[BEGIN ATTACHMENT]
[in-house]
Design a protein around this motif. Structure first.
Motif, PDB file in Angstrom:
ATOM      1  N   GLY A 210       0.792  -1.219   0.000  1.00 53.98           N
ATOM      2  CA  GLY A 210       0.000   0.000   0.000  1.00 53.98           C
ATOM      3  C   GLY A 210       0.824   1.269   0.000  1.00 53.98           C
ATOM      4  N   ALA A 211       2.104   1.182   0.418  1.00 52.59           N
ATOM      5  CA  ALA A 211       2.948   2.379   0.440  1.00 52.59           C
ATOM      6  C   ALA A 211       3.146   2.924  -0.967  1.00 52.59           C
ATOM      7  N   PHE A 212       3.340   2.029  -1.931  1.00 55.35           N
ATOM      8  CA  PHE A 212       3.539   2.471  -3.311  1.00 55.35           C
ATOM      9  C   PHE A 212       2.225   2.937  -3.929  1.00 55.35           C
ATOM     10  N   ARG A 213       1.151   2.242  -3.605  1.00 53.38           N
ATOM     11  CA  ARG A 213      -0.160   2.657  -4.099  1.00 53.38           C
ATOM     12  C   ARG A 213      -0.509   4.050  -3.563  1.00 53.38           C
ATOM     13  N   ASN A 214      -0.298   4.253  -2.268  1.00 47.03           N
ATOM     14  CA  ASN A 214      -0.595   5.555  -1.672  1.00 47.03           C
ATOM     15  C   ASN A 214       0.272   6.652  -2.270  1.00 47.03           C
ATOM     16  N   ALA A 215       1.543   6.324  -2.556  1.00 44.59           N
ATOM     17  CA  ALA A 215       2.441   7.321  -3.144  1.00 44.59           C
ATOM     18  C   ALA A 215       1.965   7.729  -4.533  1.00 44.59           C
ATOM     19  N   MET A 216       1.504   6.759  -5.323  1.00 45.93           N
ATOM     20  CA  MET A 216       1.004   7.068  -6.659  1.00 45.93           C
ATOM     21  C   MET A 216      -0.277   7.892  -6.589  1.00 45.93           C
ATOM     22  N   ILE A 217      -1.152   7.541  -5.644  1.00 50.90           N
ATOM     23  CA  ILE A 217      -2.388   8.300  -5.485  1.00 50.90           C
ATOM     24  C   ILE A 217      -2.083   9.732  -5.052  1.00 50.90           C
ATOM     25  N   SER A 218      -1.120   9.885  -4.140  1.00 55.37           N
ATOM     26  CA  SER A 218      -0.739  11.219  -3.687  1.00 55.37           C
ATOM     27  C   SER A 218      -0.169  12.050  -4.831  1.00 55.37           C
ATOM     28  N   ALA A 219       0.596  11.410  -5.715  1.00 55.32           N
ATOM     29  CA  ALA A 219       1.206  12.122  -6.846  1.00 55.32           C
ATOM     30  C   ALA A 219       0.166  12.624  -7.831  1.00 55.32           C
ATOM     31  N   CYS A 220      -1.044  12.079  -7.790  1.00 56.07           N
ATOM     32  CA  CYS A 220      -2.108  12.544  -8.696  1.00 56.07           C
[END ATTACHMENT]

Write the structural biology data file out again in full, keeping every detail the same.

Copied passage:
[in-house]
Design a protein around this motif. Structure first.
Motif, PDB file in Angstrom:
ATOM      1  N   GLY A 210       0.792  -1.219   0.000  1.00 53.98           N
ATOM      2  CA  GLY A 210       0.000   0.000   0.000  1.00 53.98           C
ATOM      3  C   GLY A 210       0.824   1.269   0.000  1.00 53.98           C
ATOM      4  N   ALA A 211       2.104   1.182   0.418  1.00 52.59           N
ATOM      5  CA  ALA A 211       2.948   2.379   0.440  1.00 52.59           C
ATOM      6  C   ALA A 211       3.146   2.924  -0.967  1.00 52.59           C
ATOM      7  N   PHE A 212       3.340   2.029  -1.931  1.00 55.35           N
ATOM      8  CA  PHE A 212       3.539   2.471  -3.311  1.00 55.35           C
ATOM      9  C   PHE A 212       2.225   2.937  -3.929  1.00 55.35           C
ATOM     10  N   ARG A 213       1.151   2.242  -3.605  1.00 53.38           N
ATOM     11  CA  ARG A 213      -0.160   2.657  -4.099  1.00 53.38           C
ATOM     12  C   ARG A 213      -0.509   4.050  -3.563  1.00 53.38           C
ATOM     13  N   ASN A 214      -0.298   4.253  -2.268  1.00 47.03           N
ATOM     14  CA  ASN A 214      -0.595   5.555  -1.672  1.00 47.03           C
ATOM     15  C   ASN A 214       0.272   6.652  -2.270  1.00 47.03           C
ATOM     16  N   ALA A 215       1.543   6.324  -2.556  1.00 44.59           N
ATOM     17  CA  ALA A 215       2.441   7.321  -3.144  1.00 44.59           C
ATOM     18  C   ALA A 215       1.965   7.729  -4.533  1.00 44.59           C
ATOM     19  N   MET A 216       1.504   6.759  -5.323  1.00 45.93           N
ATOM     20  CA  MET A 216       1.004   7.068  -6.659  1.00 45.93           C
ATOM     21  C   MET A 216      -0.277   7.892  -6.589  1.00 45.93           C
ATOM     22  N   ILE A 217      -1.152   7.541  -5.644  1.00 50.90           N
ATOM     23  CA  ILE A 217      -2.388   8.300  -5.485  1.00 50.90           C
ATOM     24  C   ILE A 217      -2.083   9.732  -5.052  1.00 50.90           C
ATOM     25  N   SER A 218      -1.120   9.885  -4.140  1.00 55.37           N
ATOM     26  CA  SER A 218      -0.739  11.219  -3.687  1.00 55.37           C
ATOM     27  C   SER A 218      -0.169  12.050  -4.831  1.00 55.37           C
ATOM     28  N   ALA A 219       0.596  11.410  -5.715  1.00 55.32           N
ATOM     29  CA  ALA A 219       1.206  12.122  -6.846  1.00 55.32           C
ATOM     30  C   ALA A 219       0.166  12.624  -7.831  1.00 55.32           C
ATOM     31  N   CYS A 220      -1.044  12.079  -7.790  1.00 56.07           N
ATOM     32  CA  CYS A 220      -2.108  12.544  -8.696  1.00 56.07           C